“Hey, we’re supposed to climb, so he climbs. What’s your problem, anyway? This is a team effort, and you act like it’s a bromance. Is that what you’ve got with fat-boy or what?”
Reactionary, angry, bullying—that was Rod in a nutshell, always asserting his dominance. Erik stared at him. “What’s your problem, man?”
“I don’t like him,” Rod countered as he returned the stare. “He’s a wuss, and he’s gonna screw up our team. I don’t like losing. Period. Got a problem with that?”
Even though Roy was a jerk supreme, he was right about my back being busted. An accident that had almost killed me a number of months ago was responsible. I could walk, but stiffly, sort of like Frankenstein’s monster taking its first steps.
Being fat didn’t help much, either. I’d once seen a movie where one victim had been chained to a chair and force-fed junk food for six months. He’d gained an incredible amount of weight. In my case, I wasn’t force fed, as the hospital food was lousy.
However, my mother always visited, and she’d slipped me extra food. Soon, the bed was groaning from the extra tonnage it had to support. After I’d gotten out, my mother had put me on a diet. “You used to be so slender,” she said.
Yeah, and who’d given me all those chocolate donuts and pizza slices and other goodies? But, she was right. What was that old saying…Old Man Usta? Oh, yeah, Old Man Usta died.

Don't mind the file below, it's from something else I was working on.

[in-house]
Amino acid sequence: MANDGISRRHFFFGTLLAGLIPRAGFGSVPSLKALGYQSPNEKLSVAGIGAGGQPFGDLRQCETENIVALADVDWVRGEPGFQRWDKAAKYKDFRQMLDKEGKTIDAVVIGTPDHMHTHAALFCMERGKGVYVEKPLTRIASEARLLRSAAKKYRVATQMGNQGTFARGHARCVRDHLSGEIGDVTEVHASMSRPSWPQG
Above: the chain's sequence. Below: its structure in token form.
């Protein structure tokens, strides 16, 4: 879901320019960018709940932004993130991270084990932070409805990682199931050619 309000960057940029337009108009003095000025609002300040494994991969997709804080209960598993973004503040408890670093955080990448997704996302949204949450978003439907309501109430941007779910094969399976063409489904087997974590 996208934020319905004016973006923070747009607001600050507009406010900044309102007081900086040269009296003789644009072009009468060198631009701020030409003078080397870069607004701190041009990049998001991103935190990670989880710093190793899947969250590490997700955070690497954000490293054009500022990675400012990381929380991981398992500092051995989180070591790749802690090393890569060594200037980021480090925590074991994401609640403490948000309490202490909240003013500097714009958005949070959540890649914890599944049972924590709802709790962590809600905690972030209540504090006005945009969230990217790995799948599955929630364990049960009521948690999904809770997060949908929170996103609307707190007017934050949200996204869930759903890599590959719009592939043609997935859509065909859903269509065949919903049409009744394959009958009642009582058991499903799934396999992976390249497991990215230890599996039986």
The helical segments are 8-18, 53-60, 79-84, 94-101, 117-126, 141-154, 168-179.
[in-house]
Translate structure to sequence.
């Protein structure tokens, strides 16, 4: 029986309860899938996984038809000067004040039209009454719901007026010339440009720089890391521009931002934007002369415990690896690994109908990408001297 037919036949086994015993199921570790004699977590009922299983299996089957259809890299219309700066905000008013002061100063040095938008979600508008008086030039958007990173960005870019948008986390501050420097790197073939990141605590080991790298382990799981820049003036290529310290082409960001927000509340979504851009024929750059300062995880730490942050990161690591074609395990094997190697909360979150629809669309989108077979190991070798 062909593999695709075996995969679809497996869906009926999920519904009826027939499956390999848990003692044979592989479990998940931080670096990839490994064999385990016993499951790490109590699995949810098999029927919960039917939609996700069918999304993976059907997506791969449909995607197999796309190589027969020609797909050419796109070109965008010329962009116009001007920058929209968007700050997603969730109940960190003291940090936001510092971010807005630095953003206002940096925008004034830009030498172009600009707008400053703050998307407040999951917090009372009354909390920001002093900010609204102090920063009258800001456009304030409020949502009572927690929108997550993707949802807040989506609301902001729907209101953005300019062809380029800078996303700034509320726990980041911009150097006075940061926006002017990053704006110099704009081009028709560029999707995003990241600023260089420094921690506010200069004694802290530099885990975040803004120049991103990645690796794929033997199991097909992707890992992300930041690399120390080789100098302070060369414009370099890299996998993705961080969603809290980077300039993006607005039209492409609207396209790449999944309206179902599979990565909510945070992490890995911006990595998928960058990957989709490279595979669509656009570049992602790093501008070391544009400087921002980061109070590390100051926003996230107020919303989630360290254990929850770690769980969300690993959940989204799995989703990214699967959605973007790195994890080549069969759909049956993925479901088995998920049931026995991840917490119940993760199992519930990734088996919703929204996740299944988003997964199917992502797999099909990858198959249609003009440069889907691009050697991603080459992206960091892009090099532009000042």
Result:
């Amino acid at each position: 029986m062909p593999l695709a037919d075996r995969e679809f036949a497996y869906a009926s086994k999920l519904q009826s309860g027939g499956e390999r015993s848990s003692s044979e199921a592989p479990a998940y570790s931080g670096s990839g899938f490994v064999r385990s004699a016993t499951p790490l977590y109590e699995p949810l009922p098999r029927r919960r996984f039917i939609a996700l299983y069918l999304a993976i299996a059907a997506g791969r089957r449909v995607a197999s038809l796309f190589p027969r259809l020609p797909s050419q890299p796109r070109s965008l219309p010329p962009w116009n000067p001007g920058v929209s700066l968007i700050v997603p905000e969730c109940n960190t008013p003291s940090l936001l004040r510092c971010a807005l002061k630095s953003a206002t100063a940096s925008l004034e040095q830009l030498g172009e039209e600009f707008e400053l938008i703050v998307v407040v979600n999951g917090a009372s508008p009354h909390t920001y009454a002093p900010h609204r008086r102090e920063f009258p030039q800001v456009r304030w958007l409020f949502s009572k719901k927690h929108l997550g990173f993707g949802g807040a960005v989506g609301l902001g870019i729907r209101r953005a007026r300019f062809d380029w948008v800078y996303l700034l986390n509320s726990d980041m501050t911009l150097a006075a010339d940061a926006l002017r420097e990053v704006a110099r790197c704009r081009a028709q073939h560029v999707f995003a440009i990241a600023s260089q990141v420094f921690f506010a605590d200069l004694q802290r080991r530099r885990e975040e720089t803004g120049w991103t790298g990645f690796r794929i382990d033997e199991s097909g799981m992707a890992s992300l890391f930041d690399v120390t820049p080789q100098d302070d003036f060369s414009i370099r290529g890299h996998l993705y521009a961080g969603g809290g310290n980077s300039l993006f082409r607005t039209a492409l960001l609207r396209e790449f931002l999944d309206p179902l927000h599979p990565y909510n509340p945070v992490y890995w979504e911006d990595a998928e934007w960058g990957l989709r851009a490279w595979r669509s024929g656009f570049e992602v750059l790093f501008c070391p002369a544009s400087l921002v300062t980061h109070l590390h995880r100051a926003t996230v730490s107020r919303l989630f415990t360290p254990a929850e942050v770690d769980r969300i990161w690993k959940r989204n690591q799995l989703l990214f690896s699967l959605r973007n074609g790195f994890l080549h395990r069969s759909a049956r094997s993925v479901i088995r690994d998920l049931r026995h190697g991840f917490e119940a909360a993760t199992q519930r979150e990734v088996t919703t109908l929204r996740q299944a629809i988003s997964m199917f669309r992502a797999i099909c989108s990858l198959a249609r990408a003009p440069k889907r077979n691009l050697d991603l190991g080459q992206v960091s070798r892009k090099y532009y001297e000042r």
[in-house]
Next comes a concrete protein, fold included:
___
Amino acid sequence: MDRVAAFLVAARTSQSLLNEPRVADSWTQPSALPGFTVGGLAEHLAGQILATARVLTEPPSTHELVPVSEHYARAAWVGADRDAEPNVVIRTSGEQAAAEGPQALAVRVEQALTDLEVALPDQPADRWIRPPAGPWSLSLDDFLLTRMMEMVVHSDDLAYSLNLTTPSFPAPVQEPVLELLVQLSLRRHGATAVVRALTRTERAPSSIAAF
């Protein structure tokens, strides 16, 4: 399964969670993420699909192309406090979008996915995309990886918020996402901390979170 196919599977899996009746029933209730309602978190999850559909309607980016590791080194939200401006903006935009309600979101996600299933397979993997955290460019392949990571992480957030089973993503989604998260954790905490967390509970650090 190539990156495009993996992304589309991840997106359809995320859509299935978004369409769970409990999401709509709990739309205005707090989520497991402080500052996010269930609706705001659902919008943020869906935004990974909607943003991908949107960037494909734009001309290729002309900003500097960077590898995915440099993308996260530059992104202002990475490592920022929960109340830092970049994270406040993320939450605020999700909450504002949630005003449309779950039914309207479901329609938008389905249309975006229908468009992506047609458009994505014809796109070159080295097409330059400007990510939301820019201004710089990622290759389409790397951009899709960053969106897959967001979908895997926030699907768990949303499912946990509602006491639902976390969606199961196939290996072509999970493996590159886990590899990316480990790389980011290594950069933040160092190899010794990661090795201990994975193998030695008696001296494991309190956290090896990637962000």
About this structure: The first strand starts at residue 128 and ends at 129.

In my case, slender had once been my middle name, but no longer. Even after the diet kicked in, even after I’d dropped about twenty pounds, a lot of flab remained. Rod knew it, he delighted in pointing it out, and I hated every moment of it.
Mr. Collins, our gym teacher, a towering giant of muscle, bellowed my name. “One last try. Get going.”
One last try. I gripped the rope more tightly than ever and started up. I wrapped my withered legs around the rope and pushed and pulled myself up inch by inch. Sweat popped from my brow and ran down my face, my heart hammered, and my muscles swelled in concert. A foot up—two—three…
Then the chant broke out from my teammates. Erik started it off. “Toombs—Toombs—Toombs.”
Everyone save Rod took up the chant, even the other team. My name rose to the ceiling in a low incantation. Slowly and laboriously, I made my way up. Sweat popped out on my face, ran from my forehead to my double chin, and more sweat coated my torso.
There it was, that white strip of athletic tape a few inches from my hands. My goal was just shy of the ceiling. It was in reach. A cramp began in my fingers and soon spread to both hands. More, I thought…a little more…
The chanting grew louder and more high-pitched with every inch I climbed. My back seized up, my biceps muscles burned, and then the cramp spread from my hands to my forearms.
My muscular system almost gave out, but adrenaline and something else—willpower, maybe—compelled me to reach for the mark. I pushed with my withered legs that were wound around the rope, and…
Yes, I made it!
Reaching the mark meant not only passing the class, but also having our team win. Coach Collins had designed this test as a handicap kind of deal, and even though no one wanted me on their side, for a change, I’d proven myself.